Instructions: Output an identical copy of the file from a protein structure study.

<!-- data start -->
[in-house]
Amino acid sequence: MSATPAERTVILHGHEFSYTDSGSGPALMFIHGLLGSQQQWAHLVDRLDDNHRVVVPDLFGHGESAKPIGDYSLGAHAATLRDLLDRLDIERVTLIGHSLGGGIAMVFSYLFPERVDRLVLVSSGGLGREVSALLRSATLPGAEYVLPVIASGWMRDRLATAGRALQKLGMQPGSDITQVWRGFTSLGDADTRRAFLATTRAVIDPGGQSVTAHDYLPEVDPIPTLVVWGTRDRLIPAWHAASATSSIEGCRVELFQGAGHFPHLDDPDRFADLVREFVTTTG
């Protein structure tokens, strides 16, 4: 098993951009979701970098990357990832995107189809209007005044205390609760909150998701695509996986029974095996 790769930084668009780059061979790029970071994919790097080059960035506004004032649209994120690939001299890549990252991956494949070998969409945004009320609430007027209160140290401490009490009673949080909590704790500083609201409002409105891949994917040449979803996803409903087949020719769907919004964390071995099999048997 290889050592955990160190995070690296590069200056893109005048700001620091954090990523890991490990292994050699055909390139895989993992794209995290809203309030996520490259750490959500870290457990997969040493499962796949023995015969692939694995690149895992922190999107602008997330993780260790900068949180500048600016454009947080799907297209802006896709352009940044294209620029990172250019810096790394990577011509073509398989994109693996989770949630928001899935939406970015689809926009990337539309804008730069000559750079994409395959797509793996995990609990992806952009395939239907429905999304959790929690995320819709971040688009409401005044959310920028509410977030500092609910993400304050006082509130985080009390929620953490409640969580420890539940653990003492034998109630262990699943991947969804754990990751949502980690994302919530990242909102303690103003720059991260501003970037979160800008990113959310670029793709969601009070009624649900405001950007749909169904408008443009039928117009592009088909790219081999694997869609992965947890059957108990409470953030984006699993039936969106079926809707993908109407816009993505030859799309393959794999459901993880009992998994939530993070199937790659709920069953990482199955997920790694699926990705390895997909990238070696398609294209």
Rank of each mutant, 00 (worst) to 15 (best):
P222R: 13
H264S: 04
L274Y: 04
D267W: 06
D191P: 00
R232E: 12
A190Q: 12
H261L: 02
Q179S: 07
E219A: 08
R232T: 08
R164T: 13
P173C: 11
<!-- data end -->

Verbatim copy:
[in-house]
Amino acid sequence: MSATPAERTVILHGHEFSYTDSGSGPALMFIHGLLGSQQQWAHLVDRLDDNHRVVVPDLFGHGESAKPIGDYSLGAHAATLRDLLDRLDIERVTLIGHSLGGGIAMVFSYLFPERVDRLVLVSSGGLGREVSALLRSATLPGAEYVLPVIASGWMRDRLATAGRALQKLGMQPGSDITQVWRGFTSLGDADTRRAFLATTRAVIDPGGQSVTAHDYLPEVDPIPTLVVWGTRDRLIPAWHAASATSSIEGCRVELFQGAGHFPHLDDPDRFADLVREFVTTTG
């Protein structure tokens, strides 16, 4: 098993951009979701970098990357990832995107189809209007005044205390609760909150998701695509996986029974095996 790769930084668009780059061979790029970071994919790097080059960035506004004032649209994120690939001299890549990252991956494949070998969409945004009320609430007027209160140290401490009490009673949080909590704790500083609201409002409105891949994917040449979803996803409903087949020719769907919004964390071995099999048997 290889050592955990160190995070690296590069200056893109005048700001620091954090990523890991490990292994050699055909390139895989993992794209995290809203309030996520490259750490959500870290457990997969040493499962796949023995015969692939694995690149895992922190999107602008997330993780260790900068949180500048600016454009947080799907297209802006896709352009940044294209620029990172250019810096790394990577011509073509398989994109693996989770949630928001899935939406970015689809926009990337539309804008730069000559750079994409395959797509793996995990609990992806952009395939239907429905999304959790929690995320819709971040688009409401005044959310920028509410977030500092609910993400304050006082509130985080009390929620953490409640969580420890539940653990003492034998109630262990699943991947969804754990990751949502980690994302919530990242909102303690103003720059991260501003970037979160800008990113959310670029793709969601009070009624649900405001950007749909169904408008443009039928117009592009088909790219081999694997869609992965947890059957108990409470953030984006699993039936969106079926809707993908109407816009993505030859799309393959794999459901993880009992998994939530993070199937790659709920069953990482199955997920790694699926990705390895997909990238070696398609294209």
Rank of each mutant, 00 (worst) to 15 (best):
P222R: 13
H264S: 04
L274Y: 04
D267W: 06
D191P: 00
R232E: 12
A190Q: 12
H261L: 02
Q179S: 07
E219A: 08
R232T: 08
R164T: 13
P173C: 11